The scullery’s thick with steam. Mother is lifting hot sheets from the copper;
I push and wind

through the mangle.

Concentrate girl!

Her voice sounds distant; I’m far away;
time stops like a painting; I’m looking onto a scene; it can’t be real,

the room’s a blur.
I
fight a light-headedness, but fall.
The
floor is stone cold; she’s leaning over me, stroking my forehead;
my body slumped;
my frock tight,
it restricts my breath; tears leak from my eyes.
I’m sorry Mother, I’m sorry. She’s hitting me, screeching at me;
the
floor’s as cold as death; I’m shivering,
trying to crawl away

but I’m tangled,
my skirt, heavy and
sopping wet from the
floor. Help me!
but she’s in a rage,
kneeling;
hands pressed over her eyes; rocking back and forth.
That boy... he’ll not
come back from the front.
Such a mess in the scullery with washing half done.

 

3.

Dot’s voice (a day later):

I’m locked in the middle room; a window to the stair well;
no daylight.
I’m hidden,

my sisters forbidden anywhere near; chatter drifts from the kitchen.

Last summer’s cotton frock hangs on the door,
flat as a paper cut-out.
I’m cheap, she said.

Wear this:

a smock of drab cloth;
its weight drags me down; the rug is threadbare: strands of blue and red worn beige
and smooth as string.

In the corner,
a clover-leafed table, where a school bible was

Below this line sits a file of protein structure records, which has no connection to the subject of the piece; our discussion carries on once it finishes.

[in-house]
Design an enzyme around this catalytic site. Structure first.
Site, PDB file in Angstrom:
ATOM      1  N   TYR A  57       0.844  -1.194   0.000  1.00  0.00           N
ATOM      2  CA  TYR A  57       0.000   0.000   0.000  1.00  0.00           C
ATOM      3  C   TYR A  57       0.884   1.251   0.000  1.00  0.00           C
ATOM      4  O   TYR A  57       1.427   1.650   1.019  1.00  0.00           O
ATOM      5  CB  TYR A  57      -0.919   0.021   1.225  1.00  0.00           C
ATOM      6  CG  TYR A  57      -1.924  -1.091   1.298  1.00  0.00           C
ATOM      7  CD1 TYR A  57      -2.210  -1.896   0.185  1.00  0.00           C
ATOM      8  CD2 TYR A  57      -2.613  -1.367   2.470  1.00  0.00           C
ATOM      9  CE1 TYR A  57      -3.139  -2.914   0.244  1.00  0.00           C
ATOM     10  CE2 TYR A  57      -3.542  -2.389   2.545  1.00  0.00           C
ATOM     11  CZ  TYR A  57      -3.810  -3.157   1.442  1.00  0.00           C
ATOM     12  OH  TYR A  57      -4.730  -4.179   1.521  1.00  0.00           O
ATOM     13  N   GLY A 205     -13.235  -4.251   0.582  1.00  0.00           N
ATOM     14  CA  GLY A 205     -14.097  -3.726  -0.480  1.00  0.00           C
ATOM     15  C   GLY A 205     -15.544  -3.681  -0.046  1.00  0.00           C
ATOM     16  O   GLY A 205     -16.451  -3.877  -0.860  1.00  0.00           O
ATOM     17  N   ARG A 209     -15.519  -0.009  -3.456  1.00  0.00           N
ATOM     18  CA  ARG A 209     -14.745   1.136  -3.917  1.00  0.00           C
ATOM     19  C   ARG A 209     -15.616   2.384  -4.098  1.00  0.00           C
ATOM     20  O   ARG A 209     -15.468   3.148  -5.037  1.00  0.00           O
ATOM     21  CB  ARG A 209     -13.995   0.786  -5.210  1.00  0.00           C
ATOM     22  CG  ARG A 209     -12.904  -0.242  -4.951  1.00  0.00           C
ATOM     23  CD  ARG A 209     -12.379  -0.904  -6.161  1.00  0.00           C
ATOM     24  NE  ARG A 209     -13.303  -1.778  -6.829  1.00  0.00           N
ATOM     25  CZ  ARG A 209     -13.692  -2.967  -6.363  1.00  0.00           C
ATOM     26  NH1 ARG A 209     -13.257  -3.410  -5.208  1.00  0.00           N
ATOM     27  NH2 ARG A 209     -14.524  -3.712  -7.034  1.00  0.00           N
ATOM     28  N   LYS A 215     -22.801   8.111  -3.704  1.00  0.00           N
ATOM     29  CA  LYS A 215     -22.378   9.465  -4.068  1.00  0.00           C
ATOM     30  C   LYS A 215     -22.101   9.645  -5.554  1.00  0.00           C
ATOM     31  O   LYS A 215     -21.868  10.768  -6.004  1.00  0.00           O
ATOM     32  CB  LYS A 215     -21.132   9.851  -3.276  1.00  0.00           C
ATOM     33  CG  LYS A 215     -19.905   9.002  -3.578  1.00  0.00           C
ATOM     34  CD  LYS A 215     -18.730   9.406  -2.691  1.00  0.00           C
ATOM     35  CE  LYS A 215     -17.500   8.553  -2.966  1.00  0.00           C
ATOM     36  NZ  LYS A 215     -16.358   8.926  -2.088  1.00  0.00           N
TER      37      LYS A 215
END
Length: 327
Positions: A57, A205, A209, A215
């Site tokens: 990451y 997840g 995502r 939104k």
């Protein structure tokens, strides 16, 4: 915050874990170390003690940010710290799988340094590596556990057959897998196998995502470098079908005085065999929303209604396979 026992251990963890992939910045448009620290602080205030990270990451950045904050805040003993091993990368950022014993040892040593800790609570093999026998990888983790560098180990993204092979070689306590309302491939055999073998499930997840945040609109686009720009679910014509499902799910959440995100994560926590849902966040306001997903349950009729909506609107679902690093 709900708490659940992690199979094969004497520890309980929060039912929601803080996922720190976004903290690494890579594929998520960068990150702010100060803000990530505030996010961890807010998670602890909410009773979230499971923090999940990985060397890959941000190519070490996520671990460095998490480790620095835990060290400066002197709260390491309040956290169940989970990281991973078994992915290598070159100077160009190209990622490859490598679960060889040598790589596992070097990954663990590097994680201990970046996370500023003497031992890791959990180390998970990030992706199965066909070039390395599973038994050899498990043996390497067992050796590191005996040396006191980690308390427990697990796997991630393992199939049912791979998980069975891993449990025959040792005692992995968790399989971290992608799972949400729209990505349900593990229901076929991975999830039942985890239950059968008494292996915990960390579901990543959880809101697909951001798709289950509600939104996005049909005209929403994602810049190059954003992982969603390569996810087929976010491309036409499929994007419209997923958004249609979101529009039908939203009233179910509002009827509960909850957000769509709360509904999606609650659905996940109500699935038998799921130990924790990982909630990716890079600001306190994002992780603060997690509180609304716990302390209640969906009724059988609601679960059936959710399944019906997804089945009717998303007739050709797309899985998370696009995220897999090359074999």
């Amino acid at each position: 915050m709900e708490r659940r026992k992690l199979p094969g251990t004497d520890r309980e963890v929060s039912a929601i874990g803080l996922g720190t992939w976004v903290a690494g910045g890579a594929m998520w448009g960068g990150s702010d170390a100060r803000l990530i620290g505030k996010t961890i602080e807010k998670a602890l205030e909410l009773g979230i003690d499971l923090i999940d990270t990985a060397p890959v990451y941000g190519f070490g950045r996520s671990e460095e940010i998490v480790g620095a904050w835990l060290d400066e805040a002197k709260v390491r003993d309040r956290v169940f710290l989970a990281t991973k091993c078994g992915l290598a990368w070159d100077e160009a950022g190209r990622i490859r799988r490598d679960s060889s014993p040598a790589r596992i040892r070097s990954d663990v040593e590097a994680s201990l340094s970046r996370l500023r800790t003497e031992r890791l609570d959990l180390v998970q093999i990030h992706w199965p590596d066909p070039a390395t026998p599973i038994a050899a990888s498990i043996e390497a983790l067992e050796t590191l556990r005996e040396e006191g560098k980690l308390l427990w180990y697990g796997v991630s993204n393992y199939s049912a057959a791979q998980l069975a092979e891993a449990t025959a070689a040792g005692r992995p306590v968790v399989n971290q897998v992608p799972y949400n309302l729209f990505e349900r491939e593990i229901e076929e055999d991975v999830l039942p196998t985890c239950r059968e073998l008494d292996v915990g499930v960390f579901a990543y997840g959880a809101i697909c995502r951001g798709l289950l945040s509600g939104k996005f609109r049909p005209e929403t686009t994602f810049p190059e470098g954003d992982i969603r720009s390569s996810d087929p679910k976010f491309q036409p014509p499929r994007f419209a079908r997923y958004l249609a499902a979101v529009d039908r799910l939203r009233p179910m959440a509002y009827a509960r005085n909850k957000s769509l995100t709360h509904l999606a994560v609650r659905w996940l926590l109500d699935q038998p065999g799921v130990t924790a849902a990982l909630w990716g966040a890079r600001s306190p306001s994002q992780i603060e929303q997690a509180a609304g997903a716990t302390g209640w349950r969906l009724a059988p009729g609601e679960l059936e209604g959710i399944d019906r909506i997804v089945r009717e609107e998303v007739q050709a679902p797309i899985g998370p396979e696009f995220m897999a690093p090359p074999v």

flung like a bird in flight.
Read it, she said.
I peruse a colour plate
of a shepherd,
lambs in grass

and long for outdoors, the sky,
to hear birds scavenging for mulberries

in the tree;
to make daisy chains on the lawn.

Time is slow,
each quarter hour
a
dong, dong,
grandfather clock in the hall.
I lay on the bed,
rose-patterned wallpaper
smells dusty;
trace spidery cracks on the ceiling; damp patches change into shapes, clouds or faces;
cobwebs trail strands of grey hair.

Not think of months ahead, Mother said.

After I give birth, I’ll be sent away GIVE BIRTH

words that have nothing to do with me.

 

4.

First voice (St Martin’s Cottage, 2016):

I pause at the doorway,
your cramped cell, renovated now, a bath where a bed would’ve been, sink squeezed in a corner.
An airless space;
I tremble
as if my body remembers con
finement,
dankness,
the enclosure of walls.

It’s hard to imagine
how you
filled time:
that bible
splashed and stained
like rash of measles on skin, fever and delirium,

being quarantined, solitude,
boredom;
did you balance the book on your head? take three steps
table to door, turn
one, two, three back, turn;
did the bible slip to the
floor?
a mess of feathers and broken wing? Did it splay open
at a colour plate of a shipwreck?

when the ship was caught, and could not
bear up into the wind,
we let her drive...

Those words, I remember exactly from the old bible you read to me.

O Nana, were you bullied? Did she say, Stick-a-smile-on-your-face-girl, Did you take courage

and, like a ship at sea, dip and lurch,